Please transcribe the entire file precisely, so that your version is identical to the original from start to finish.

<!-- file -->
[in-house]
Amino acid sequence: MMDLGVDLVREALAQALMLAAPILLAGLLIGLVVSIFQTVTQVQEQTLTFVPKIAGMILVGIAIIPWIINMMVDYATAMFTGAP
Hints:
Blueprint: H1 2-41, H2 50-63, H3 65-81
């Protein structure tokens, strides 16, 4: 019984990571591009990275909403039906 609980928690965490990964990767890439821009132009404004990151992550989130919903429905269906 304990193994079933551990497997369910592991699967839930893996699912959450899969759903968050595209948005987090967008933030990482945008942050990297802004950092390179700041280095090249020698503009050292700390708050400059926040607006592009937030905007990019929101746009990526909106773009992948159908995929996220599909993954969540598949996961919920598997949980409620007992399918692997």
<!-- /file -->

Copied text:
[in-house]
Amino acid sequence: MMDLGVDLVREALAQALMLAAPILLAGLLIGLVVSIFQTVTQVQEQTLTFVPKIAGMILVGIAIIPWIINMMVDYATAMFTGAP
Hints:
Blueprint: H1 2-41, H2 50-63, H3 65-81
């Protein structure tokens, strides 16, 4: 019984990571591009990275909403039906 609980928690965490990964990767890439821009132009404004990151992550989130919903429905269906 304990193994079933551990497997369910592991699967839930893996699912959450899969759903968050595209948005987090967008933030990482945008942050990297802004950092390179700041280095090249020698503009050292700390708050400059926040607006592009937030905007990019929101746009990526909106773009992948159908995929996220599909993954969540598949996961919920598997949980409620007992399918692997």